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France and Germany deplored the spying as “unacceptable,” and demanded “full clarity” from the U.S. side. “This is not acceptable between allies, even less so between European allies and partners,” French President Emmanuel Macron said at a Franco-German Council of Ministers.

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In October 2015, ministers of 12 countries, including the United States, Japan and Australia, announced the conclusion of negotiations on the Trans-Pacific Partnership (TPP), and the member countries formally signed the free trade pact in February 2016.

However, Trump signed an executive order to withdraw from the TPP shortly after taking office early 2017, saying the trade deal was destroying the U.S. manufacturing sector, in the first of a series of unilateral trade protectionist measures.

With the United States out, the rest of the TPP members had to restart negotiations and signed the Comprehensive and Progressive Agreement for Trans-Pacific Partnership in 2018.

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The Kurdish forces in Syria, who had helped U.S. troops battle the Islamic State, were considered a key ally by the United States, while Turkey has long regarded Syrian Kurdish forces as terrorists and sought to root them out.

In October 2019, the White House said Turkey would “soon be moving forward with its long-planned operation into northern Syria,” and the U.S. forces “will not support or be involved in the operation” and “will no longer be in the immediate area.”

Following the U.S. decision to withdraw its troops from northern Syria, Turkey began military operations against Kurdish troops in the region. Many Kurds said they had been betrayed by the United States.

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The United States has for years tried to obstruct the construction of the Nord Stream 2 gas pipeline, which links Russia and Germany via the Baltic seabed, bypassing Ukraine, Belarus, Poland, and other eastern European and the Baltic countries, to send Russia’s natural gas elsewhere to Europe.

In December 2019, then U.S. President Trump signed the National Defense Authorization Act for Fiscal Year 2020, which included sanctions related to the Nord Stream 2. German officials rejected the U.S. legislation, calling the sanctions “serious interference in the internal affairs of Germany and Europe and their sovereignty.”

In July this year, the United States and Germany reached an agreement to settle their disputes surrounding the gas pipeline project, which angered Ukraine and Poland, two other American allies.

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In May 2017 during his first trip to Europe after taking office, then U.S. President Trump declined to explicitly endorse Article 5 of the North Atlantic Treaty on mutual defense at a North Atlantic Treaty Organization summit.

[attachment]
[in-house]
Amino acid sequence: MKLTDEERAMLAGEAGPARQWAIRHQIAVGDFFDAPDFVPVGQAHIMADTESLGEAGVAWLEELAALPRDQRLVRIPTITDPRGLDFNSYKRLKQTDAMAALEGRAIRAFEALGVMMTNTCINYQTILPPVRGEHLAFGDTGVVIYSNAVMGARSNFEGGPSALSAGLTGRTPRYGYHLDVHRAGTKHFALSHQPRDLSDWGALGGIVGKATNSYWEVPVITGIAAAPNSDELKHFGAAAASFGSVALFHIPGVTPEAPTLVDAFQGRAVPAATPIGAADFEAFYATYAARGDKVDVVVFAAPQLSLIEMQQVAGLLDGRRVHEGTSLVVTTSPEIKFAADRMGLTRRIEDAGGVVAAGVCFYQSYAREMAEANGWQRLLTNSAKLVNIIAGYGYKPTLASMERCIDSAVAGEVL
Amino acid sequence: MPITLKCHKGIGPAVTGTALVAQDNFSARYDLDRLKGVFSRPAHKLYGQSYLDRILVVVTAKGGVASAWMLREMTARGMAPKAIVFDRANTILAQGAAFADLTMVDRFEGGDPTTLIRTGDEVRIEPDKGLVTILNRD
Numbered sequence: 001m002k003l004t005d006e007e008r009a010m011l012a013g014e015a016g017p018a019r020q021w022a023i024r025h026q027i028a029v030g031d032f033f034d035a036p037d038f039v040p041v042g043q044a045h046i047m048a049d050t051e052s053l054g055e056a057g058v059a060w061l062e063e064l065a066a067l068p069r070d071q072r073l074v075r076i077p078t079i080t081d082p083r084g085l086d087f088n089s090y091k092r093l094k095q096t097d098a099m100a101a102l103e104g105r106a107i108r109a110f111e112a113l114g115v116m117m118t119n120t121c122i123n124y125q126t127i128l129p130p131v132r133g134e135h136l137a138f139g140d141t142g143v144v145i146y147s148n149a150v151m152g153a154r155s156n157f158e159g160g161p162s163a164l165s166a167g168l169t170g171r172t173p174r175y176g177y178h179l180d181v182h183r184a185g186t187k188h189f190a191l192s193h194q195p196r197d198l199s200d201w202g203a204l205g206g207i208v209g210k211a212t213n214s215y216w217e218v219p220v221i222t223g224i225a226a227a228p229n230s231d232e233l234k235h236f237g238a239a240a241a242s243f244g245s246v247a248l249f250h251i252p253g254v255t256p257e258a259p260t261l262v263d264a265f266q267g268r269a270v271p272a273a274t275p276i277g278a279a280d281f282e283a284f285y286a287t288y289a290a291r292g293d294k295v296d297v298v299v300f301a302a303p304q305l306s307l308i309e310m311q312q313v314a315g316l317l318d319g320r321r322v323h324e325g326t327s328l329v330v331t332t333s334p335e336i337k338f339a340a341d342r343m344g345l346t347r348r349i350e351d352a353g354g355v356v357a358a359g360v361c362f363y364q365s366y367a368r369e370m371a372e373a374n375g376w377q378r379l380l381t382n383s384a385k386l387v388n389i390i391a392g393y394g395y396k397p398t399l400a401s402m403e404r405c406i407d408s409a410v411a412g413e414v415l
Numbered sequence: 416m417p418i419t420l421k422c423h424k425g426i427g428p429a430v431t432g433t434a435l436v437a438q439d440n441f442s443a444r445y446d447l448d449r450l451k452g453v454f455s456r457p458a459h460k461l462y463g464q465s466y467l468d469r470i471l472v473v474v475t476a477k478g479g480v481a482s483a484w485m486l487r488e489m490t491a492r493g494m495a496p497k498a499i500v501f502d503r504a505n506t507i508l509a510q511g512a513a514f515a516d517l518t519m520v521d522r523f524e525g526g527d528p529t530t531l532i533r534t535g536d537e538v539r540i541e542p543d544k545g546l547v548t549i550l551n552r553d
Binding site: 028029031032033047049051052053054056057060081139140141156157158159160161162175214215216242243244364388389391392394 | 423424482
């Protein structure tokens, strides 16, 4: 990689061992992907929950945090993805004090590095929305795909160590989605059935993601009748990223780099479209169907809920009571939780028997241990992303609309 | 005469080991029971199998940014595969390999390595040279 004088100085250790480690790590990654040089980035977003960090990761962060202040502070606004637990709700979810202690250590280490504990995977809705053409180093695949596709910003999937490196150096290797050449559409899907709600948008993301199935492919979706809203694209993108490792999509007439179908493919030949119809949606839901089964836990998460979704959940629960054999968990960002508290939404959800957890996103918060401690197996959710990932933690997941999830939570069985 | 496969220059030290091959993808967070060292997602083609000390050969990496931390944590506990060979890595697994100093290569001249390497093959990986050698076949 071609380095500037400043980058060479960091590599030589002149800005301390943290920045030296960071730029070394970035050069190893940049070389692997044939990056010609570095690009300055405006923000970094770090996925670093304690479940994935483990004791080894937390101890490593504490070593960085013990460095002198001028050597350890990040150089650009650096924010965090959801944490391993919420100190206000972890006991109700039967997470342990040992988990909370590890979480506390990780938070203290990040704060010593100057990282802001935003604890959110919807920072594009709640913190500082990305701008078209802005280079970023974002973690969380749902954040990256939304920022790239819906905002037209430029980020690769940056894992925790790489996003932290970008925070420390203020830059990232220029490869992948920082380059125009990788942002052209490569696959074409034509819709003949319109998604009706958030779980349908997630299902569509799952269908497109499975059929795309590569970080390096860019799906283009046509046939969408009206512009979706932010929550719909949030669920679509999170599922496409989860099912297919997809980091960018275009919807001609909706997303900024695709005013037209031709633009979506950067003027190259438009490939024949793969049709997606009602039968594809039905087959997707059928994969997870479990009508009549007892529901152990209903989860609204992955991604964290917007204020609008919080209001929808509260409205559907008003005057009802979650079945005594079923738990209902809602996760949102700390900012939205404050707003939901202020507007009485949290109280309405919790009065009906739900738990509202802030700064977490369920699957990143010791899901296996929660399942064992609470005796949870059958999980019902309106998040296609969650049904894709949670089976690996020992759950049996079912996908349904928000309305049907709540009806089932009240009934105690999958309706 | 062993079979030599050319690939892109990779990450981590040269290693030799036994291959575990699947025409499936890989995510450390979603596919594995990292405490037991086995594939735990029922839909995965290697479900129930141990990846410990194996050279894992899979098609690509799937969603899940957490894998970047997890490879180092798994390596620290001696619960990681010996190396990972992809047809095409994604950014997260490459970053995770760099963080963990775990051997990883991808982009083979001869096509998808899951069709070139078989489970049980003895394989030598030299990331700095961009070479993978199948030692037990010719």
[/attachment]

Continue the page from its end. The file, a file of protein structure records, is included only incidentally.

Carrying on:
The act was said to have upended decades of American foreign policy dogma and fueled angst across Europe.

Upholding a policy of “America First” while in office, Trump had repeatedly pressured NATO allies to increase military spending, while threatening to contract the deployment of U.S. forces worldwide, causing cracks within the military alliance.

In November 2019, French President Macron told The Economist in an interview that they were experiencing “the brain death of NATO.” “You have no coordination whatsoever of strategic decision-making between the United States and its NATO allies. None,” Macron said.

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In July 2018, then U.S. President Trump called the European Union “a foe” to the United States on trade during an interview with CBS Evening News.

“I think the European Union is a foe, what they do to us in trade,” Trump said. “Now you wouldn’t think of the European Union but they’re a foe.”

The remarks sent shockwaves across the EU, where countries generally consider the United States their closest ally.

During Trump’s term in office, the United States imposed tariffs against goods from many economies, including those of EU allies. The Trump administration also declared that foreign vehicles exported to the United States from some of its closest allies were posing a national security threat.

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In August this year, the United States ended its military presence in Afghanistan by pulling the last of its troops from the war-torn country.

The evacuations, widely criticized as hasty and irresponsible, brought chaos and tragedy. The White House accused the previous administration of leaving behind a mess while attempting to shift blame on the Afghan government.

While meeting then Afghan President Mohammad Ashraf Ghani at the White House just a few months ago, Biden called him “an old friend,” promising diplomatic and political aid to his government.

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The Kabul Times.